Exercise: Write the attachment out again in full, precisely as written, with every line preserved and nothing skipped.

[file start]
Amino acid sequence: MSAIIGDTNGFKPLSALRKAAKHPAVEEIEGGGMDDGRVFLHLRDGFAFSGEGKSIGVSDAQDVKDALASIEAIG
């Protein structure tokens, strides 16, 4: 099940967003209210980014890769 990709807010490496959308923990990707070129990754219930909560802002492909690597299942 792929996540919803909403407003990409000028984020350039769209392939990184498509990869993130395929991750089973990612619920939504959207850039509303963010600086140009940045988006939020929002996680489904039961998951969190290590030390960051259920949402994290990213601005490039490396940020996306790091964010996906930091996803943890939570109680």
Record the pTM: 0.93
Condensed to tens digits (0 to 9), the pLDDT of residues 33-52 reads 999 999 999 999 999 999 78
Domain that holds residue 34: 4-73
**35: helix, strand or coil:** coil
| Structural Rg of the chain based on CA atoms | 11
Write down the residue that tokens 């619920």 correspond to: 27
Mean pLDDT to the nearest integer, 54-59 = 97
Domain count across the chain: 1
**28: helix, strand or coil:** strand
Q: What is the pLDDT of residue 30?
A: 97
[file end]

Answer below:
Amino acid sequence: MSAIIGDTNGFKPLSALRKAAKHPAVEEIEGGGMDDGRVFLHLRDGFAFSGEGKSIGVSDAQDVKDALASIEAIG
């Protein structure tokens, strides 16, 4: 099940967003209210980014890769 990709807010490496959308923990990707070129990754219930909560802002492909690597299942 792929996540919803909403407003990409000028984020350039769209392939990184498509990869993130395929991750089973990612619920939504959207850039509303963010600086140009940045988006939020929002996680489904039961998951969190290590030390960051259920949402994290990213601005490039490396940020996306790091964010996906930091996803943890939570109680």
Record the pTM: 0.93
Condensed to tens digits (0 to 9), the pLDDT of residues 33-52 reads 999 999 999 999 999 999 78
Domain that holds residue 34: 4-73
**35: helix, strand or coil:** coil
| Structural Rg of the chain based on CA atoms | 11
Write down the residue that tokens 């619920």 correspond to: 27
Mean pLDDT to the nearest integer, 54-59 = 97
Domain count across the chain: 1
**28: helix, strand or coil:** strand
Q: What is the pLDDT of residue 30?
A: 97